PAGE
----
In West Alabama, Life Is Hard. Warmer Weather Forecasts Worse Problems. How Bad Could It Get and What Can Be Done?

Left: Western Alabama Black Belt counties. (Source: Extracted from map by the Center for Business and Economic Research at the University of Alabama.)
Right: Unabsorbed wastewater from the spray field wastewater sewage system in Uniontown rushes through a culvert. (Source: Black Warrior Riverkeeper)

The Black Belt already has more than its own share of problems, and warming temperatures aren’t making things easier for the residents.

Disease-causing organisms thrive in standing water during warmer weather, and in the Black Belt there’s plenty of that. The area’s soil doesn’t drain well because of the heavy clay, and the region has been beset with more extreme weather, flooding and sewer system overflows.

Scientists now are even predicting that the weather in the Black Belt, and in much of the state, will be too hot for the state bird — the Northern Flicker, or yellowhammer — to continue living here during the hottest months of the year.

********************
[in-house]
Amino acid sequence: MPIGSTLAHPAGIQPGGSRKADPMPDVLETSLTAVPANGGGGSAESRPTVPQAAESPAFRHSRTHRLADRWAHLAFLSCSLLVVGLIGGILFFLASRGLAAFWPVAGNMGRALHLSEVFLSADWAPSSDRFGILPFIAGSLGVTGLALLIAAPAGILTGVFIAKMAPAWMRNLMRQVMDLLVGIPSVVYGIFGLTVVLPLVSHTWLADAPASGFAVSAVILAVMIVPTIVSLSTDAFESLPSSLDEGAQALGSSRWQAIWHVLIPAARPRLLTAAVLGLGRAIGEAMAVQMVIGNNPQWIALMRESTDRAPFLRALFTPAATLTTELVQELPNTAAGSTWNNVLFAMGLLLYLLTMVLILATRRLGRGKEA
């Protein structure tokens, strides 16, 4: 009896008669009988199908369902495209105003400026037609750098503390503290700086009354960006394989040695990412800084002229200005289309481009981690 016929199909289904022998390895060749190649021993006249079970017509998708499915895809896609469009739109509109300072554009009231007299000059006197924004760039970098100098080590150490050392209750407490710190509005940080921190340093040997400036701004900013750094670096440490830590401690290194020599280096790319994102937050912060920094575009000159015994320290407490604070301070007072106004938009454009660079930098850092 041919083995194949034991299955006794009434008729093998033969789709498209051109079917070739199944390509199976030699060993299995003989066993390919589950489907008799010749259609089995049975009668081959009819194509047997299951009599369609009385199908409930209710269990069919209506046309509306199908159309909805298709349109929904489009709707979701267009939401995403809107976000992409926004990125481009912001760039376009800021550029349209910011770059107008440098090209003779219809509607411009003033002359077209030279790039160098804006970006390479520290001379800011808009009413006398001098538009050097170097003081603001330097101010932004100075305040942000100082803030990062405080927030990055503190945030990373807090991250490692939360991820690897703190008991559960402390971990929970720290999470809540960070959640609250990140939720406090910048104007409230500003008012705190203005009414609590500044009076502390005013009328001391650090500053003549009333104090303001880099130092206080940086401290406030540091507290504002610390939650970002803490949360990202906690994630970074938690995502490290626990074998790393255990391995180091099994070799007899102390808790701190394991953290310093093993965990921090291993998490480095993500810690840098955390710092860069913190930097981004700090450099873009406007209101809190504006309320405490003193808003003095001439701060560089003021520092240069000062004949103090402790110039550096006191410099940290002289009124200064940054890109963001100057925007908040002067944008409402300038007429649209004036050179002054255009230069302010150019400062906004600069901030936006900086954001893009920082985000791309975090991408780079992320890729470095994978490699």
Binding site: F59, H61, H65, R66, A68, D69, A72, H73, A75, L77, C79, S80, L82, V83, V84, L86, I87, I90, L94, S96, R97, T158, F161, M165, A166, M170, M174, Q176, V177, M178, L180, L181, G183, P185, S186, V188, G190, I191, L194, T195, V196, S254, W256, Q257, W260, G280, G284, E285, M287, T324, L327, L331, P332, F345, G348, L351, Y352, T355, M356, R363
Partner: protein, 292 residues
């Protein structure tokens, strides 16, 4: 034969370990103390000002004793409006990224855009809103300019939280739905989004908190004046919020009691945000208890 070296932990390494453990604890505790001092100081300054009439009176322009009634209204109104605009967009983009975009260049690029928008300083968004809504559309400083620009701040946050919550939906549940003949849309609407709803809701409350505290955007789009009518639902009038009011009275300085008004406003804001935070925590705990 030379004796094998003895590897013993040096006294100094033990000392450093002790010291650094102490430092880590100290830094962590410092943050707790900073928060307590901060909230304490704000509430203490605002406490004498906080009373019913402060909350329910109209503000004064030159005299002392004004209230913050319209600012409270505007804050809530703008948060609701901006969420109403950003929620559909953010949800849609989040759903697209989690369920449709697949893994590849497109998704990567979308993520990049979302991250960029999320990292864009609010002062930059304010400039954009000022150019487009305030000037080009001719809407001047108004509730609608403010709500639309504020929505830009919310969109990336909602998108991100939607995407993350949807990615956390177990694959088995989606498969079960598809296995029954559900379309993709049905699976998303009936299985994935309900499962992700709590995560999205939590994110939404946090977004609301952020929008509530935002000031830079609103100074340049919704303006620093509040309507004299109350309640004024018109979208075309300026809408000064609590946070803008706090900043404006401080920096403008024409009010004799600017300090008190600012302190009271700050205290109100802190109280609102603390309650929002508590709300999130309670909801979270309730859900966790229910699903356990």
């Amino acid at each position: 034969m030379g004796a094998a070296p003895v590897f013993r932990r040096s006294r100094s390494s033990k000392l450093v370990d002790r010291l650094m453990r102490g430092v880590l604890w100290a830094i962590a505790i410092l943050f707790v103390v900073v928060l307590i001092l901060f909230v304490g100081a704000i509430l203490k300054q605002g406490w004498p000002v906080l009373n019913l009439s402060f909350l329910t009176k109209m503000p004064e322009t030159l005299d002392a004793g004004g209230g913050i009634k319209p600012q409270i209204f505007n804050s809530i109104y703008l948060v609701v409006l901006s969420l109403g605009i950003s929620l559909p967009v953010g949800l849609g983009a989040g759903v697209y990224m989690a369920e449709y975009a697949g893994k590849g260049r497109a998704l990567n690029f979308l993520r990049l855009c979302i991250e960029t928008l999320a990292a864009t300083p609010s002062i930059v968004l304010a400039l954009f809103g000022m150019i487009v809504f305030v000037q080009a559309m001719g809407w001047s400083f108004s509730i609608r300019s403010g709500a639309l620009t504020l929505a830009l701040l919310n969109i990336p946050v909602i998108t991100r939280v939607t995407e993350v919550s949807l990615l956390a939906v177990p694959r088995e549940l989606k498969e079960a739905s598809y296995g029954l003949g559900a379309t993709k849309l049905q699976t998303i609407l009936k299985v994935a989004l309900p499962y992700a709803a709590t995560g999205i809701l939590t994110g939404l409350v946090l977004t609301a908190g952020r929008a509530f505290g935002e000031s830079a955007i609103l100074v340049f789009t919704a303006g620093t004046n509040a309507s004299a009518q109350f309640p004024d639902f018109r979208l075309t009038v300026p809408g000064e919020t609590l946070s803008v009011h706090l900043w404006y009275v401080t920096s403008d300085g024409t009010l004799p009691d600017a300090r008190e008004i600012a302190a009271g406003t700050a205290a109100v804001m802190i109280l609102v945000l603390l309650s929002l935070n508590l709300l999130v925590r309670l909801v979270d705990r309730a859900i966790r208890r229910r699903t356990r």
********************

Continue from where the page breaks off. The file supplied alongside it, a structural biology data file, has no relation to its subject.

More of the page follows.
The wood pellet factory trend is coming to the Black Belt, with promises of supplying much-needed jobs and helping to stabilize emissions of the heat-trapping carbon dioxide, but there are questions about whether either of those benefits will come to pass.

Farmers are taking many steps to make their operations consume fewer resources and create fewer environmental problems, but even many of them fear their efforts are too little too late.

BirminghamWatch recently probed problems caused in the Black Belt by the warming weather patterns and efforts to work on those problems. Read the full series:

In West Alabama, Life Is Hard. Warmer Weather Forecasts Worse Problems

Audubon Study Finds Warming Climate May Be Inhospitable to Alabama State Bird

Wood Pellet Plants in Job-Hungry Southern Towns Prompt Environmentalists’ Warnings

Cattle, Catfish and Cover Crops: Alabama Farms Play Role in Slowing Climate Change